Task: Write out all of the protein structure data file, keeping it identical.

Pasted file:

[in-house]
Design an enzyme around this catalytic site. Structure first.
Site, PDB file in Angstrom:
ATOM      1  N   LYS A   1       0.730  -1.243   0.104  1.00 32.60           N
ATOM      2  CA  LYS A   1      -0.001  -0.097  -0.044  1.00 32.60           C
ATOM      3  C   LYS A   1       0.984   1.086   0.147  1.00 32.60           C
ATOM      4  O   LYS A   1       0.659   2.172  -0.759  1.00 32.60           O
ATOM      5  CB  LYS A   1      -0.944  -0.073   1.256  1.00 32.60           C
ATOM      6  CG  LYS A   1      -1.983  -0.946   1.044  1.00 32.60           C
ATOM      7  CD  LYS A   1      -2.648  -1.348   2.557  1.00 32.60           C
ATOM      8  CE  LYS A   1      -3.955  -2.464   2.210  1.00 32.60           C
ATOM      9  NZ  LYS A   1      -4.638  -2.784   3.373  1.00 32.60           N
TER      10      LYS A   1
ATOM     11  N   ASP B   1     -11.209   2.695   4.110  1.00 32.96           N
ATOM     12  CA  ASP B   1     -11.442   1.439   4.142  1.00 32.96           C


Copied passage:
[in-house]
Design an enzyme around this catalytic site. Structure first.
Site, PDB file in Angstrom:
ATOM      1  N   LYS A   1       0.730  -1.243   0.104  1.00 32.60           N
ATOM      2  CA  LYS A   1      -0.001  -0.097  -0.044  1.00 32.60           C
ATOM      3  C   LYS A   1       0.984   1.086   0.147  1.00 32.60           C
ATOM      4  O   LYS A   1       0.659   2.172  -0.759  1.00 32.60           O
ATOM      5  CB  LYS A   1      -0.944  -0.073   1.256  1.00 32.60           C
ATOM      6  CG  LYS A   1      -1.983  -0.946   1.044  1.00 32.60           C
ATOM      7  CD  LYS A   1      -2.648  -1.348   2.557  1.00 32.60           C
ATOM      8  CE  LYS A   1      -3.955  -2.464   2.210  1.00 32.60           C
ATOM      9  NZ  LYS A   1      -4.638  -2.784   3.373  1.00 32.60           N
TER      10      LYS A   1
ATOM     11  N   ASP B   1     -11.209   2.695   4.110  1.00 32.96           N
ATOM     12  CA  ASP B   1     -11.442   1.439   4.142  1.00 32.96           C